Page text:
ive had the shaft lengths altered by 60mm as the box is 60mm longer got the pilot bush from novak & dummies the transfer up to the ax15 it is on a slightly different angle probably only about 5 degrees or so anti clockwise if anything it looks like it will just improve clearances & the increased front shaft angle will be minimal especially now the front shaft is 60mm longer

hopefully ill get a chance to put a few hours into it soon im missing the old girl

cheers  ian

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Hi, Ian!  So, this is a T4/T5 swap to an AX15?  Looks AMC/Jeep versus later Chrysler/Jeep.  Do I have this right?  

What's the transfer case?  NP208?  I try to keep track, as this J10 is really a hybrid cross between a Jeep CJ and a J-truck!  Chain drive transfer case.  CJ transmission.  Similar to lighter duty J-truck or FSJ Cherokee...

Interesting upgrade...Where do you source these parts?  Are there enough salvage Jeep vehicles available to keep your rigs rolling?  Were the FSJs popular at your part of the globe?  Right hand drive CJs?  Toyota and other Asian 4x4s appear everywhere in documentaries and movies from Australia.  On that note, you have a great film industry!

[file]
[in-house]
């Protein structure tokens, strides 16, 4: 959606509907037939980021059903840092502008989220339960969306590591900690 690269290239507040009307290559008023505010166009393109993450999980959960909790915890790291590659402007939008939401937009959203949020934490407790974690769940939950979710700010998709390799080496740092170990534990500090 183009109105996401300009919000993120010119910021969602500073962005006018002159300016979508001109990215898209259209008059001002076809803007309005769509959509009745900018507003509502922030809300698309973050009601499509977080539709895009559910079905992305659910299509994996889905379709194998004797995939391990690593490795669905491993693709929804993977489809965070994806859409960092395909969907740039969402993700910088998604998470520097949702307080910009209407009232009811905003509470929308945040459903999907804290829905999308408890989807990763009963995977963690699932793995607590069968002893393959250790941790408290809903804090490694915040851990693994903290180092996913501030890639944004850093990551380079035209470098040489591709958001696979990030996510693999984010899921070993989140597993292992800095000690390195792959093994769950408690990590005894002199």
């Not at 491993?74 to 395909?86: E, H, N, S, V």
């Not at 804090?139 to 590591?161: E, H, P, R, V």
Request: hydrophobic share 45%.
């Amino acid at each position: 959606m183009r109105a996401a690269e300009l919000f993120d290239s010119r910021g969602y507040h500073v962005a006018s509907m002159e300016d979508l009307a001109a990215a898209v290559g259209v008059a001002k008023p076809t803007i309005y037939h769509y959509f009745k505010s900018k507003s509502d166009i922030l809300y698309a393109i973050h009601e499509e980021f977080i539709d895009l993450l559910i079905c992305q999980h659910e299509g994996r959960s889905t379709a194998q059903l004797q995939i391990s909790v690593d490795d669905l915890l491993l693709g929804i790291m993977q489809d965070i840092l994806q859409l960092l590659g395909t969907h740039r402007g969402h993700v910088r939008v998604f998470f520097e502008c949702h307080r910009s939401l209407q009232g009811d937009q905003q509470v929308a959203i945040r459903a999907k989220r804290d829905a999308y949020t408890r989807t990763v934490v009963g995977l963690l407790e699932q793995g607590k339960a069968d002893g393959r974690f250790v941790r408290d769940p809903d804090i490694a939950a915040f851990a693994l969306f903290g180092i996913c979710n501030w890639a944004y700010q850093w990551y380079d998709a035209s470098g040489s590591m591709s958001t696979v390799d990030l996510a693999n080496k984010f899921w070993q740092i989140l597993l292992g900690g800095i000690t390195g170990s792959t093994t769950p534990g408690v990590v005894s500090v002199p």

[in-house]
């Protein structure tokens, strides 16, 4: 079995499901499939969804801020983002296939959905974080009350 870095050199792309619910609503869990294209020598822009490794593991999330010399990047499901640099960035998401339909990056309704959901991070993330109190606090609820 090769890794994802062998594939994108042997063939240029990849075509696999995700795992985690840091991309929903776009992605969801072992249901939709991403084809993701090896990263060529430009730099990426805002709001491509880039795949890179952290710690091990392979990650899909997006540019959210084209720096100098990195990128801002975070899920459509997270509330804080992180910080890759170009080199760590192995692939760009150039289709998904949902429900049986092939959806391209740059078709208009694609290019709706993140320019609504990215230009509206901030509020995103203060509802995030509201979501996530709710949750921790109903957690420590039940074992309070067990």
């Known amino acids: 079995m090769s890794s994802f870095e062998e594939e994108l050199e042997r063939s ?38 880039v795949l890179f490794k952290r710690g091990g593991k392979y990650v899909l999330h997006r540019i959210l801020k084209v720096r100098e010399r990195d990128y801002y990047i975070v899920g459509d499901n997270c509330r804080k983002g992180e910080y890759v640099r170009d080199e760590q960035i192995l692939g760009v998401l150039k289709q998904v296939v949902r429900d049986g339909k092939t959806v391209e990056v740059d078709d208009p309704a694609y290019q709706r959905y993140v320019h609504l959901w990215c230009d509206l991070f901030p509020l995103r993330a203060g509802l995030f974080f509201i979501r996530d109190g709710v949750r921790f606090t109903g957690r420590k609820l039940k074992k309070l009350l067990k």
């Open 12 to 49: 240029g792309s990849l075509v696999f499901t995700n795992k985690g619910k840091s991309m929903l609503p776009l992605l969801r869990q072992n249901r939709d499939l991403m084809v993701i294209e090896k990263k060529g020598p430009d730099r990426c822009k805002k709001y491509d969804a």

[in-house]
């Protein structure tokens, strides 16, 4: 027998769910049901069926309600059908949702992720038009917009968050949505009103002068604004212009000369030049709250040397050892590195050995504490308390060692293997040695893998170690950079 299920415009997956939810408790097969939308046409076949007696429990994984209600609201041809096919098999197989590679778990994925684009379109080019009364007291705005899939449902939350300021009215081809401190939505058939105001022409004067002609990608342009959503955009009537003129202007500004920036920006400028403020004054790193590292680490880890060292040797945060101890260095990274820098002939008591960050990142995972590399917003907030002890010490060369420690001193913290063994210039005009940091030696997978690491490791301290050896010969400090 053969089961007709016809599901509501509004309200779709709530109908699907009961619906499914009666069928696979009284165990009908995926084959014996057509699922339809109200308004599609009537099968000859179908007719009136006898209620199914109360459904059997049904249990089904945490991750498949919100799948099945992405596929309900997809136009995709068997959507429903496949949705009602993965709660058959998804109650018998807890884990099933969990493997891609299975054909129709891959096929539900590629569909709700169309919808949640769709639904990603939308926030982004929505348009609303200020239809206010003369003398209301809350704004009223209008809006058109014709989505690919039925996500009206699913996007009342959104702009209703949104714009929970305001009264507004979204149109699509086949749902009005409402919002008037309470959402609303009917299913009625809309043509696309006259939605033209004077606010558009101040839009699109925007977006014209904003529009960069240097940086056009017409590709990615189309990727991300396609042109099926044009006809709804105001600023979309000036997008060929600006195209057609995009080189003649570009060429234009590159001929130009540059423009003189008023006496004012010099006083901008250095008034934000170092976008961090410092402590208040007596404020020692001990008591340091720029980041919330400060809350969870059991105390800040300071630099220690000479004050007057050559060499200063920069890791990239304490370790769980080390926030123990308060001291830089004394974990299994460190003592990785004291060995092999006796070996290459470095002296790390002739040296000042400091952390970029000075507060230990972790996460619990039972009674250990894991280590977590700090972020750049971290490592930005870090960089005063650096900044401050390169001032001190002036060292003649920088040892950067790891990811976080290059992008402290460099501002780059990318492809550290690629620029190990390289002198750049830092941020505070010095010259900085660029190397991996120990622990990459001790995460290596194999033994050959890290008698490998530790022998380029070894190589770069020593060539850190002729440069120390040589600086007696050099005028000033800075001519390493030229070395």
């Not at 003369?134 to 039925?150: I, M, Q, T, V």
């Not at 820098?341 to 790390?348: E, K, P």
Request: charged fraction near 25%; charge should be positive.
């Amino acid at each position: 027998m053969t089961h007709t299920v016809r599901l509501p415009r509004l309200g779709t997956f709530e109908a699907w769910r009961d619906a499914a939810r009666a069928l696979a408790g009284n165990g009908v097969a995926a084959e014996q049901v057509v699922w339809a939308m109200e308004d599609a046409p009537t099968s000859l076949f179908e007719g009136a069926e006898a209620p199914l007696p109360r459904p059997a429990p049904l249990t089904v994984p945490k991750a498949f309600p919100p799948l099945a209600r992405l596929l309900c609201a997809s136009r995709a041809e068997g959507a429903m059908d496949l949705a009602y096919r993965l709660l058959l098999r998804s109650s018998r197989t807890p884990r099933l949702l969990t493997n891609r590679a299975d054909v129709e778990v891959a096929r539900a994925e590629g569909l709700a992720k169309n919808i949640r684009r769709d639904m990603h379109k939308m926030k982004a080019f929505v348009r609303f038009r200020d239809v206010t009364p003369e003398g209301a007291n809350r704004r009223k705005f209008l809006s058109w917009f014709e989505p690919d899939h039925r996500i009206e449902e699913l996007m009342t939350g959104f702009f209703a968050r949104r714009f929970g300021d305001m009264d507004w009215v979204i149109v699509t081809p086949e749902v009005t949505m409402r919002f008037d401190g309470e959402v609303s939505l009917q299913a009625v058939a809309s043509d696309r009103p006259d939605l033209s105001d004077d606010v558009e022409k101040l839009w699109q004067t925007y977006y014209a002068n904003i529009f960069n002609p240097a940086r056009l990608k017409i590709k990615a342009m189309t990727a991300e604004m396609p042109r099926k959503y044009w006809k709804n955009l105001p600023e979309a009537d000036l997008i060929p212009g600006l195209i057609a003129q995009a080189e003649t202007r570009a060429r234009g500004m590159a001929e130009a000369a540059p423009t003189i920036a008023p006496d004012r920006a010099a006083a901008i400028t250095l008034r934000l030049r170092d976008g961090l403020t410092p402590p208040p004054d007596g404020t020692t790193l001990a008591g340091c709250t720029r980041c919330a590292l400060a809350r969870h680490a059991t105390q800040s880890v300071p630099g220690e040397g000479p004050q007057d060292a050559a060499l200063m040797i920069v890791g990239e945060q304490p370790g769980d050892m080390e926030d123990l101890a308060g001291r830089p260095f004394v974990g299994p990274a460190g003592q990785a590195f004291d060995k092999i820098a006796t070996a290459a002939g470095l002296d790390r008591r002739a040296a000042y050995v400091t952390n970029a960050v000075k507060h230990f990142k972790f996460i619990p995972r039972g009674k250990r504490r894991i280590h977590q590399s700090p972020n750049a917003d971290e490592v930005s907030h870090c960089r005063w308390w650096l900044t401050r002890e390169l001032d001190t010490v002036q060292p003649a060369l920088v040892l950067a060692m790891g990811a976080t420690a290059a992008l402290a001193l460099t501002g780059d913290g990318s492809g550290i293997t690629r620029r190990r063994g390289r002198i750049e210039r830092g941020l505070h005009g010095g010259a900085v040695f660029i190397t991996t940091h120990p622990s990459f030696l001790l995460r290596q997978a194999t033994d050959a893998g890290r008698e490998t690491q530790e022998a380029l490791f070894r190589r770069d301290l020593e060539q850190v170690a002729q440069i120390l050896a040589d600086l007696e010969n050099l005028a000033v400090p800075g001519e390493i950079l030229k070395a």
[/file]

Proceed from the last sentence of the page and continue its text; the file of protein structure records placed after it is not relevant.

Moses

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Hi Moses

yes its a t5 to ax15 conversion & yes its an np208

i was able to get the gearbox from a wreckers yard & the slave cylinder from ebay

as you can see in these pics ive just converted the slave cylinder from the plastic tube to steel line the brazing looks a bit rough but it will do the job just fine im sure now i just have to get some fitting next time i go to albany  hopefully later this week or early next that way i can leave my existing clutch line unmodified

the fsj's are a bit thin on the ground over here i think mainly due to poor exchange rates at the time so they were priced out of peoples price range also fuel consumption was an issue so there was a lot more land rovers,landcruisers & nissan patrols the landcruiser ended up coming out on top as the nations prefered 4x4

as for our films your right we do have some great stuff have a look at the trailer on this link its 1 im waiting for

http://www.roughstuffmovie.com/

cheers  ian

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Ian...Plastic line was terrible but cheap for production...You should have decent tensile/PSI burst with the brass.  I like hard silver solder (actually higher temp silver brazing rod) for this, though brass should get it.  Looks like a semi-capillary joint if fluxed, a plumber would like the fit!  Not sure what PSI rating you get with the copper?

Rough Stuff looks like nonstop action with all the bases covered...Quality acting, many Australians find big success at Hollywood.  The filming/direction looks good, 4x4 scenes dialed!

Moses

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Hi Moses its not actually copper i had to look twice when i bought it must be a corrosion resistant coating but it is steel